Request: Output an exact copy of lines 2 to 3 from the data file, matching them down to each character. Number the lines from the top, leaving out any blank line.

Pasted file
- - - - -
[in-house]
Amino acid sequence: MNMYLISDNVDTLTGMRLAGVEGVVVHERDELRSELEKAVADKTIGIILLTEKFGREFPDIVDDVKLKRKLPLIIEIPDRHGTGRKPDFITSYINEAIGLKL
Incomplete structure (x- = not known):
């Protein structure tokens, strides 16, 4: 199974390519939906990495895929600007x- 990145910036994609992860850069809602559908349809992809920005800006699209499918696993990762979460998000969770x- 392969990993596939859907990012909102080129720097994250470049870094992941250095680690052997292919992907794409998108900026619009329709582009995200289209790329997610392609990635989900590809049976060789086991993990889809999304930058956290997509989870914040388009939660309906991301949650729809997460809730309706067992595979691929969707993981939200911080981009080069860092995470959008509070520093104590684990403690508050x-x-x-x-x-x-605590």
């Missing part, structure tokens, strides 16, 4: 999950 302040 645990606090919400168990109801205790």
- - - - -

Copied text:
Amino acid sequence: MNMYLISDNVDTLTGMRLAGVEGVVVHERDELRSELEKAVADKTIGIILLTEKFGREFPDIVDDVKLKRKLPLIIEIPDRHGTGRKPDFITSYINEAIGLKL
Incomplete structure (x- = not known):